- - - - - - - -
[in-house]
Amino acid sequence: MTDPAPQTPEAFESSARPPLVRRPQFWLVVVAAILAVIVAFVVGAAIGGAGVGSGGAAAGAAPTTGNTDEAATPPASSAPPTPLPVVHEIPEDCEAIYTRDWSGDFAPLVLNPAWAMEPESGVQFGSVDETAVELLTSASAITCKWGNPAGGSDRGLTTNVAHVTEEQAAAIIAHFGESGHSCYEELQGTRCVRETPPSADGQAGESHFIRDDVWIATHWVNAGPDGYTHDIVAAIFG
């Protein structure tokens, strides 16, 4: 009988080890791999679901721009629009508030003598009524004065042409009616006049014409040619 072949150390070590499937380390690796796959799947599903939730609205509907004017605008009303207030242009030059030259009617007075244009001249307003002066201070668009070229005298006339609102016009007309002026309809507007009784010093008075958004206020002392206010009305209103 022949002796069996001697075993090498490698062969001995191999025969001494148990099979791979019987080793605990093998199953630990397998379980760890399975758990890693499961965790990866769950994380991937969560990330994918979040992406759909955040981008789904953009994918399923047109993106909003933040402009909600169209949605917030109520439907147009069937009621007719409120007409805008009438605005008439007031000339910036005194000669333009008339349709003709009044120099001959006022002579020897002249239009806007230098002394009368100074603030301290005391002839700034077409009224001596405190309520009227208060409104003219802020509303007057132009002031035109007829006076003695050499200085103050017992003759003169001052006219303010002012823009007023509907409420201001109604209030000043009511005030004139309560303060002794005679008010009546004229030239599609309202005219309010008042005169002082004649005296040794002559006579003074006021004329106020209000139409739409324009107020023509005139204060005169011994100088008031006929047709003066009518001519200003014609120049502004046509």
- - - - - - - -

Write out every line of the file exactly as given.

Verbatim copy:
[in-house]
Amino acid sequence: MTDPAPQTPEAFESSARPPLVRRPQFWLVVVAAILAVIVAFVVGAAIGGAGVGSGGAAAGAAPTTGNTDEAATPPASSAPPTPLPVVHEIPEDCEAIYTRDWSGDFAPLVLNPAWAMEPESGVQFGSVDETAVELLTSASAITCKWGNPAGGSDRGLTTNVAHVTEEQAAAIIAHFGESGHSCYEELQGTRCVRETPPSADGQAGESHFIRDDVWIATHWVNAGPDGYTHDIVAAIFG
């Protein structure tokens, strides 16, 4: 009988080890791999679901721009629009508030003598009524004065042409009616006049014409040619 072949150390070590499937380390690796796959799947599903939730609205509907004017605008009303207030242009030059030259009617007075244009001249307003002066201070668009070229005298006339609102016009007309002026309809507007009784010093008075958004206020002392206010009305209103 022949002796069996001697075993090498490698062969001995191999025969001494148990099979791979019987080793605990093998199953630990397998379980760890399975758990890693499961965790990866769950994380991937969560990330994918979040992406759909955040981008789904953009994918399923047109993106909003933040402009909600169209949605917030109520439907147009069937009621007719409120007409805008009438605005008439007031000339910036005194000669333009008339349709003709009044120099001959006022002579020897002249239009806007230098002394009368100074603030301290005391002839700034077409009224001596405190309520009227208060409104003219802020509303007057132009002031035109007829006076003695050499200085103050017992003759003169001052006219303010002012823009007023509907409420201001109604209030000043009511005030004139309560303060002794005679008010009546004229030239599609309202005219309010008042005169002082004649005296040794002559006579003074006021004329106020209000139409739409324009107020023509005139204060005169011994100088008031006929047709003066009518001519200003014609120049502004046509």